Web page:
Wednesday, May 25, 2005

Peggy Noonan in Hindsight

The kind of prose that you find in op-ed columns rarely continues to haunt and inspire a month after the reading. Yet I continue to find Peggy Noonan's columns from the time of Pope John Paul's death through Pope Benedict's election stirring and profound:

On Pope John Paul II:

And then it dawns on you: Maybe--maybe . . . Maybe people, being imperfect and human, live whatever lives they live but deep in their hearts--way down deep and much more than they know--they actually notice when somebody stands for truth. And they actually honor it. Maybe that's why in all the big modern democracies they'd burst into tears when John Paul came by, when he was visiting America and France and Germany. Maybe they knew they were not necessarily living right themselves but they were grateful--they were grateful on behalf of civilization!--that there was a man like him among us. They recognized him and honored him in their hearts. And then word came that he's dead and suddenly their hearts told their heads: Get on the train and go honor him. Because he adorned us. Because he was right. And we can't lose this from civilization, this beacon in the darkness.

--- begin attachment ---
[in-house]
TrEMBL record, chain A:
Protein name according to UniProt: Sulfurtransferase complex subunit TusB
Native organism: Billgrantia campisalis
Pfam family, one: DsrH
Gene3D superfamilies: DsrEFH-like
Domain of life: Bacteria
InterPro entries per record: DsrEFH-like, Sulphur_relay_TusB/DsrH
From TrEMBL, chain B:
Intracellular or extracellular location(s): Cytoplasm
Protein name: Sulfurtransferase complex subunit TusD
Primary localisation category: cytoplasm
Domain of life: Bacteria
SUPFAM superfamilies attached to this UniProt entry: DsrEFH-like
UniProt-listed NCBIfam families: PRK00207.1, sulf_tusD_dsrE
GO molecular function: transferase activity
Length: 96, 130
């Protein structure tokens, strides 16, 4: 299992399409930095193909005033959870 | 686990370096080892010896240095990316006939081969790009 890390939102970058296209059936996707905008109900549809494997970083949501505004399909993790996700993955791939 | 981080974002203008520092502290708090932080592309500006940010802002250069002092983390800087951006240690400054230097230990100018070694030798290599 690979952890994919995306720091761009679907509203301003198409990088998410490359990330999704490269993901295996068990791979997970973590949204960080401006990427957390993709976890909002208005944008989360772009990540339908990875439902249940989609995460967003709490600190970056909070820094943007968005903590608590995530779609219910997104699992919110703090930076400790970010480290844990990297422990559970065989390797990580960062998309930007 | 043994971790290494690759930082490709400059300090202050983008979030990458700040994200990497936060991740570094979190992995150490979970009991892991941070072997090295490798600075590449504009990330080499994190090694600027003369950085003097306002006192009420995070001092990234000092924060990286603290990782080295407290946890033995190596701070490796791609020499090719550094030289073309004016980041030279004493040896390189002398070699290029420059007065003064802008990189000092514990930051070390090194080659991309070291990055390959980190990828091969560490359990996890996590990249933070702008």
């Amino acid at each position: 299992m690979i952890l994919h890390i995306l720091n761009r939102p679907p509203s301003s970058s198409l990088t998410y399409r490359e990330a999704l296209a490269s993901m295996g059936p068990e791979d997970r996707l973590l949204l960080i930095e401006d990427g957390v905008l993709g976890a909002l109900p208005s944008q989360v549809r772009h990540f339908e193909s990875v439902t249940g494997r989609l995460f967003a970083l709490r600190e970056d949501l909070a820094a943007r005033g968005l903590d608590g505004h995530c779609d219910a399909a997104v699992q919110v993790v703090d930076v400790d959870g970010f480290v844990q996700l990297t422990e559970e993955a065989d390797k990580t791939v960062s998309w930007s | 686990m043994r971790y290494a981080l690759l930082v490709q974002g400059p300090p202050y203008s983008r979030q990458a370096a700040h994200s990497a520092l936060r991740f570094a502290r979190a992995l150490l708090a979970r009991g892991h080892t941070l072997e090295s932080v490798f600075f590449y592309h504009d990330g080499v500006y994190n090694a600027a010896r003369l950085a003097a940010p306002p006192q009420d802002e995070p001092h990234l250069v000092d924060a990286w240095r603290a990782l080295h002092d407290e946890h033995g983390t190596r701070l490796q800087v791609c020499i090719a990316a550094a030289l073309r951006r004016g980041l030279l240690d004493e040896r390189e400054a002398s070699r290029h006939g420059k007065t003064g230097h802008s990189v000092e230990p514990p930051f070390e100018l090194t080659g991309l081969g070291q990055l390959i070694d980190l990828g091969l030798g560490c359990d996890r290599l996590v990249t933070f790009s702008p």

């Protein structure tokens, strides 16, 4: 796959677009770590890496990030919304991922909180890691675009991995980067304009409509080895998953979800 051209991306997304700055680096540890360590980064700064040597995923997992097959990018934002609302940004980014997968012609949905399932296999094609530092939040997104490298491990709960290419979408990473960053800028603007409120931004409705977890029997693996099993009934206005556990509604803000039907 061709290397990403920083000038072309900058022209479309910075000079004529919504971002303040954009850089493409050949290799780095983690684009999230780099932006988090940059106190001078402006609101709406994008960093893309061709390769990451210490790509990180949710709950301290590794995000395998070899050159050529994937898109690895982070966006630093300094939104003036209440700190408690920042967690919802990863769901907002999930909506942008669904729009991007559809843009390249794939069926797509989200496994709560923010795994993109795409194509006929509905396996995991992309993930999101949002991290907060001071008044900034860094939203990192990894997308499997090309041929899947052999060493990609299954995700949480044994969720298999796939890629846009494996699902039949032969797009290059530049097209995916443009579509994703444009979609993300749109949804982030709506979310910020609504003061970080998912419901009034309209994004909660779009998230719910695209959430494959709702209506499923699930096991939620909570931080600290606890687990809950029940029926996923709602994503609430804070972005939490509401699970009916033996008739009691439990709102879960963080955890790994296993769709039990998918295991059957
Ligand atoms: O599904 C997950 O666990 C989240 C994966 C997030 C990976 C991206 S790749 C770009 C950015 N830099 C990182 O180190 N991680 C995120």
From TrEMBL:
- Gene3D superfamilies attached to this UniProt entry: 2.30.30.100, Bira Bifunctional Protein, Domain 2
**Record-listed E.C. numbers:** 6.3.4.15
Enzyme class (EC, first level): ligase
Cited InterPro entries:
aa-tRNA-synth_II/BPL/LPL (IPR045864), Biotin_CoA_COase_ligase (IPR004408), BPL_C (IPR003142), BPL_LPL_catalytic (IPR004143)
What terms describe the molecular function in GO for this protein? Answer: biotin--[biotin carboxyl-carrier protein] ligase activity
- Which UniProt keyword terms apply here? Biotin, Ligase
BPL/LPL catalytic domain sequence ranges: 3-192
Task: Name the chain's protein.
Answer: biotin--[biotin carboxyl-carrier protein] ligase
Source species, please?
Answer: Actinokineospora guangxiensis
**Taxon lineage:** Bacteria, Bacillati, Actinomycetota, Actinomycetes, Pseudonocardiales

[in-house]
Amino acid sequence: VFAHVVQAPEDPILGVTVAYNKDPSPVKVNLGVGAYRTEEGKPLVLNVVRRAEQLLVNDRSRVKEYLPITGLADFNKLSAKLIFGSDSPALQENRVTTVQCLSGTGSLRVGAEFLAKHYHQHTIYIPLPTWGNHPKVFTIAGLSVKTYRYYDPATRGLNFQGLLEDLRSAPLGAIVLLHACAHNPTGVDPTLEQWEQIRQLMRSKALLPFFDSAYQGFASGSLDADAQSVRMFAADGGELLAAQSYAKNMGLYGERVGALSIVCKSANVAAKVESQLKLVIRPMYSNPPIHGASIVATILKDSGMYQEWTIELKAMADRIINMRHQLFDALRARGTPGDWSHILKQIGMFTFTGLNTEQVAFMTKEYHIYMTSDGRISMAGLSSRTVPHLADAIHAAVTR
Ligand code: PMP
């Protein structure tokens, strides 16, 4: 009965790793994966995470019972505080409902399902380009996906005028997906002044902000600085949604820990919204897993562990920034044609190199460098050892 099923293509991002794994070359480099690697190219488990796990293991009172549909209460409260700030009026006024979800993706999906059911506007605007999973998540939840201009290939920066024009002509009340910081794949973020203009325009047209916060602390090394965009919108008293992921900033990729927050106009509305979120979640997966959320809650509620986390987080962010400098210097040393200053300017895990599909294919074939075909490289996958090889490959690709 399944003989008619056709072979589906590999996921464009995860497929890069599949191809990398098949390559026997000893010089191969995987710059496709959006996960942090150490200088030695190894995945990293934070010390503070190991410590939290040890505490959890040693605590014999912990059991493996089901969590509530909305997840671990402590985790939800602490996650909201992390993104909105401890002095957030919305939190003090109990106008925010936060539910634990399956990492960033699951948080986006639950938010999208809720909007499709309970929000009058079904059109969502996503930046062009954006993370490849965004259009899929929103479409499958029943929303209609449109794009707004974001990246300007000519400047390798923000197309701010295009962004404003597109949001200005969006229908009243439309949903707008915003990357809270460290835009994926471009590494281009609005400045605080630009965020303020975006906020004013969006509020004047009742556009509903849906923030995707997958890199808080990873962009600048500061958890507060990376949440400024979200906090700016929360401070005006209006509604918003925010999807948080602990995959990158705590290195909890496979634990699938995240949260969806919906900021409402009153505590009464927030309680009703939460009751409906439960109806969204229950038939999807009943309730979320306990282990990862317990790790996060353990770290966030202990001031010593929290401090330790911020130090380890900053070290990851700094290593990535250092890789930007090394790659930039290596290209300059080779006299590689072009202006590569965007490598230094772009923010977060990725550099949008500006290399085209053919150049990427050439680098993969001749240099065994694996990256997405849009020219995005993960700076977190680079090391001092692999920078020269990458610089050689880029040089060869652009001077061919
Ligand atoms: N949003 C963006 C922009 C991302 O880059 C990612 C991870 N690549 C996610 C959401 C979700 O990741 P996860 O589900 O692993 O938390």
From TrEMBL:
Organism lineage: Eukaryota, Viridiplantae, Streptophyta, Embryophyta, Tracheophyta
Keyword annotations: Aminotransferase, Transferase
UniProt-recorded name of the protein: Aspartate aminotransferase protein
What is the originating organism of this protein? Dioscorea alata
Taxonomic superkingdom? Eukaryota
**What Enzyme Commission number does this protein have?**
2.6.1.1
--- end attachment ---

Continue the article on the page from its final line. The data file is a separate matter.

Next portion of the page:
On Pope Benedict XVI:

We want a spiritual father. We want someone who stands for what is difficult and right, what is impossible but true. Being human we don't always or necessarily want to live by the truth or be governed by it. But we are grateful when someone stands for it. We want him to be standing up there on the balcony. We want to aspire to it, reach to it, point to it and know that it is there.